Thursday morning nearly a half inch of snow coated my car, so it came as no surprise that Laurel Creek Road was once again closed as was Little River Rd. Meredith Clebsch, my hiking buddy this day, and I stopped at the Townsend Wye and even though a ranger there indicated Laurel Creek might be open within a short time, we opted for the readily convenient Chestnut Top Trail, 4.3 miles to Schoolhouse Gap Road and back. Others had already hiked the trail that morning, making the snow-covered trail slick in spots. Initially it was cold, but the skies cleared, the sun emerged, and the heat of exertion allowed us to shed heavy coats early on. The day turned out to be quite beautiful. In winter, there are fabulous views of the Smokies crest and Thunderhead Mountain to the south and Tuckaleechee Cove and Townsend, TN, to the north. When we reached the trail’s terminus at Schoolhouse Gap, Meredith and I sat in a warm patch of sun to eat lunch. Before long, a veil of thin clouds dulled that warmth and provided the impetus to get moving again. Quite a bit of snow had disappeared by the time we returned to the parking area.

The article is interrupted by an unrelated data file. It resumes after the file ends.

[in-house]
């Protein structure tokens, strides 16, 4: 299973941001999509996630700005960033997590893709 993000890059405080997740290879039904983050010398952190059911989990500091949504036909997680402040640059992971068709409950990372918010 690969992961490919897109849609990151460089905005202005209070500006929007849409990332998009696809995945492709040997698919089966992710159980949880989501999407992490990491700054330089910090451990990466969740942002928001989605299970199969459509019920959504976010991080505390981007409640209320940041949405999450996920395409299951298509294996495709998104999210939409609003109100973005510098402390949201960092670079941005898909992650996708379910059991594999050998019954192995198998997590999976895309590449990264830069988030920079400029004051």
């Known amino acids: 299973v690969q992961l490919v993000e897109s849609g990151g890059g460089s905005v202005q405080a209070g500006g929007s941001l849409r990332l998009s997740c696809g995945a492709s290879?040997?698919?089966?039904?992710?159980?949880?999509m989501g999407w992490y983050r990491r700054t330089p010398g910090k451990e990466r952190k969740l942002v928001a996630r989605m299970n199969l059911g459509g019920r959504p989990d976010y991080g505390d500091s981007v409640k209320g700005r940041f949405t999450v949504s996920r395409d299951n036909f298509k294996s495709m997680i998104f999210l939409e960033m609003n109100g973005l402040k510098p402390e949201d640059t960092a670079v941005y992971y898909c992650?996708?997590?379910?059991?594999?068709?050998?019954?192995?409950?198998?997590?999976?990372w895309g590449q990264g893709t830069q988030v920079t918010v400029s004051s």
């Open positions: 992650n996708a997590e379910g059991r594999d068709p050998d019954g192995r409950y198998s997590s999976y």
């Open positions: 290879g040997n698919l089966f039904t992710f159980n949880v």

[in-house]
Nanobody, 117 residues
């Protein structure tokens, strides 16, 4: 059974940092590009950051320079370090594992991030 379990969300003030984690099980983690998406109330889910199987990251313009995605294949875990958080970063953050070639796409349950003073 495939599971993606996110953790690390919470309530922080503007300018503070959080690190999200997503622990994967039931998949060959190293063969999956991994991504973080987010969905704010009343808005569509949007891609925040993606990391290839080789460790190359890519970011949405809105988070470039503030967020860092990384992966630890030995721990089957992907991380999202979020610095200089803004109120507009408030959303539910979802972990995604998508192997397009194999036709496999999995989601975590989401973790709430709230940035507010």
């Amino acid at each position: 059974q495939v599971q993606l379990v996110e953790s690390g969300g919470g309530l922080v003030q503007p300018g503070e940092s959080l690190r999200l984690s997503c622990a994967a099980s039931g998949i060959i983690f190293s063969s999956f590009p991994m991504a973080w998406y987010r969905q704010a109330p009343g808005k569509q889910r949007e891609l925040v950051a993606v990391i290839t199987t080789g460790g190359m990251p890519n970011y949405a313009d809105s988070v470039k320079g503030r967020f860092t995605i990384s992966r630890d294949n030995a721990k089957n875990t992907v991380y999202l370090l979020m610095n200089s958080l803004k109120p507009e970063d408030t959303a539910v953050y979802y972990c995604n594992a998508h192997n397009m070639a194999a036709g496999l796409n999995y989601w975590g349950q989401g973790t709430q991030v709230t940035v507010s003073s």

Chestnut Top is not a difficult trail, climbing about 1200 feet over 2.75 miles then falling a gentle 300 feet for the last 1.6 miles. It is famous for the impressive variety of spring wildflowers within the first 1/4 mile in April. A sampling includes Toothwort, Galax, Liverleaf, Alumroot, Crested Iris, Purple Phacelia, Yellow Trillium, Fire Pink, Woodland Stonecrop, Foamflower, various Violets, Maidenhair Fern, Maidenhair Spleenwort, Trailing Arbutus, Mountain Laurel, Bloodroot, Bishop’s Cap, Waterleaf, Jack-in-the-pulpit, Yellow Mandarin, Downy Rattlesnake Plantain, and a little further in Catesby’s Trillium. Even in February, evidence of several of these plants could be found along with Appalachian Rockcap Fern and, and at the start, a colony of the rare Dwarf Bristle Fern (Trichomanes petersii) in the Filmy Fern Family. Tucked under an overhanging rock and looking just like a liverwort, it’s nearly impossible to identify unless an expert – like the leader of our Fern Forays Pat Cox – points it out. Then the botanically challenged can impress friends and family.
I’m trying to learn the pines. There aren’t a lot of them, but at least two of the species are hard to differentiate. Pitch Pine and Shortleaf Pine give me fits. It seems to be as easy to make a case for one as the other. Meredith and I stopped frequently to debate the characteristics, just as Allen and I had done the day before. We’re still not sure! But Meredith was sure of a fairly rare spotting — a raven. A couple of birds circled above us and cawed coarsely – then honked (which to my ear sounded like a goose!). Meredith pointed out the individual feathers visible on the wing tips as a good ID character and the larger, thick beak that seems an extension of the head. She also relayed fascinating stories of the intelligence exhibited by ravens and crows. They are amazing creatures. We also saw some juncos. We spotted canine tracks in the snow, but “domestic” scat (the canned food kind) dispelled any notion of a coyote.